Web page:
January 2017 \ Interviews \ Key Political Interview
“We’ll restore the past glory of Telangana”


Telangana is a state of many lakes. Do you have plans of reviving them, as the majority has dried up?

Yes, very much so. My father, Hon’ble Chief Minister of Telangana, Mr K Chandrashekar Rao, had this vision for a long time about Telangana. We are focused on Mission Kakatiya, our flagship project named after the kings who ruled this region a thousand years ago and also developed a large number of irrigation tanks. We have hundreds of lakes and ponds, and this is a unique feature of our geography. The Government has identified 45,000 plus tanks and lakes and has plans to restore all of them. We plan to spend Rs 40,000 crore annually on this project. Once all the tanks are restored, as much as 250-270 TMC of water will be available for agriculture, irrigation, drinking purposes and livestock. By rejuvenating these water bodies, we will rejuvenate the economy of the state. Even the Mayor of California evinced interest in this mega project, and how the de-silting of aquifers will benefit the region.


You also have Mission Bhagiratha…

Yes, this is the other major project for the state. Our slogan during the state elections was “water, jobs, finances.” We want piped water for the entire state. Earlier, only Hyderabad had piped water. My father is a committed man and is known to keep his word. He has promised the electorate that if his Government is not able to give piped water to every household in Telangana at the end of his five year term, as a party, the TRS will not run for re-elections. Through Mission Bhagiratha we are providing safe and clean water. My father also said that he does not want women to walk a mile to fetch water. This way they can save one or two hours, and that time can be dedicated to the family.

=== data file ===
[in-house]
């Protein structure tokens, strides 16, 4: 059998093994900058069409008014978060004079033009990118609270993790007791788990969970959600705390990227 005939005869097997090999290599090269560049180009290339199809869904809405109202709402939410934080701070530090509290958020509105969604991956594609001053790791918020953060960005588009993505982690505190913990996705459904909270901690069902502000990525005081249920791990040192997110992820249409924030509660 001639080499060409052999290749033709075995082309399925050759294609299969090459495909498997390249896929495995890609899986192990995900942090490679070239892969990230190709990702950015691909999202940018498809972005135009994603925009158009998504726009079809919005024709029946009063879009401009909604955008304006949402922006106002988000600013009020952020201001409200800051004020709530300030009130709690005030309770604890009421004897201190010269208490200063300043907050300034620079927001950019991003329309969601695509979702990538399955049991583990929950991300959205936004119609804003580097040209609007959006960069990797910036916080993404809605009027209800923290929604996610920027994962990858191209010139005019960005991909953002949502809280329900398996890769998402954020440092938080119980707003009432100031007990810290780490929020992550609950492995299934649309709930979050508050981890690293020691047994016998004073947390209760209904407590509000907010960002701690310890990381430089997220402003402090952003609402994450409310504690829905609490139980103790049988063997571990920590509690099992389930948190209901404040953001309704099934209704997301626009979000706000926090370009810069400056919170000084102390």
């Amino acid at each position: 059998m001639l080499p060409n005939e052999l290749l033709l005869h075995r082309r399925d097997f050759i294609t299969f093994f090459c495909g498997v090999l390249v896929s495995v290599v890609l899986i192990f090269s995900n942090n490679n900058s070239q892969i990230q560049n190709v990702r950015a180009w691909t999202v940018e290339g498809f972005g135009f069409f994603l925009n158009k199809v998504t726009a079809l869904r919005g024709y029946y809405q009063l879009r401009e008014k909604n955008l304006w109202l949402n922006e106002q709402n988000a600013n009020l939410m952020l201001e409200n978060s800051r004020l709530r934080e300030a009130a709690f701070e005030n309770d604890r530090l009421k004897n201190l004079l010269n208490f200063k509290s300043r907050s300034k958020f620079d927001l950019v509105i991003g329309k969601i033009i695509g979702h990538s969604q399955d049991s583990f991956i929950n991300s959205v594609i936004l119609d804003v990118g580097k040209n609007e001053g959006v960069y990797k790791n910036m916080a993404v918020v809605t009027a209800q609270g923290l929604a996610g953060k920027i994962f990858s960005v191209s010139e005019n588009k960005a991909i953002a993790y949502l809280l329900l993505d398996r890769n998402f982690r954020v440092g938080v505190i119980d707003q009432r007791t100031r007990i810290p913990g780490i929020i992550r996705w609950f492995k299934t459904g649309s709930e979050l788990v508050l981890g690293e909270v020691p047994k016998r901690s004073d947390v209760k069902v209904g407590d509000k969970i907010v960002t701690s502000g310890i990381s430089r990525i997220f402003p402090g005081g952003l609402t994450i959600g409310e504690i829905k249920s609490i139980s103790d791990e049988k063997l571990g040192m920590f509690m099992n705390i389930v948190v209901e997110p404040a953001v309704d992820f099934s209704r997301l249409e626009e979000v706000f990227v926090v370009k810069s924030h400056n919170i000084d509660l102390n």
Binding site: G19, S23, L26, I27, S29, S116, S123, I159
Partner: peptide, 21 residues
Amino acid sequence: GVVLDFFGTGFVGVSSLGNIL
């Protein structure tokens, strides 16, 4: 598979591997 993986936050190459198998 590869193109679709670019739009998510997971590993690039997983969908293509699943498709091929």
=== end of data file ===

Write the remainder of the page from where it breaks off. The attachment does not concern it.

You must have witnessed the Telangana agitation from its inception when your father Mr K Chandrasekhar Rao launched the TRS party in April 2001?

In 1969, three hundred and sixty nine students were gunned down when they agitated for a separate state of Telangana. Since then no one dared raise a voice. When my father started talking about it around the year 2000, it was a tricky subject. We had to bring in the issue of separating from A.P. without sounding anti-national at any point. My father managed to win over the intellectuals, lawyers, students, professionals with the way he explained why Telangana was need. He has great oratory skills. He connected with them in the Telangana dialect, and showed them a future that would make their lives better, and prosperous. It was tough, but he’s seen the state through. Now we’ll take things to the next level.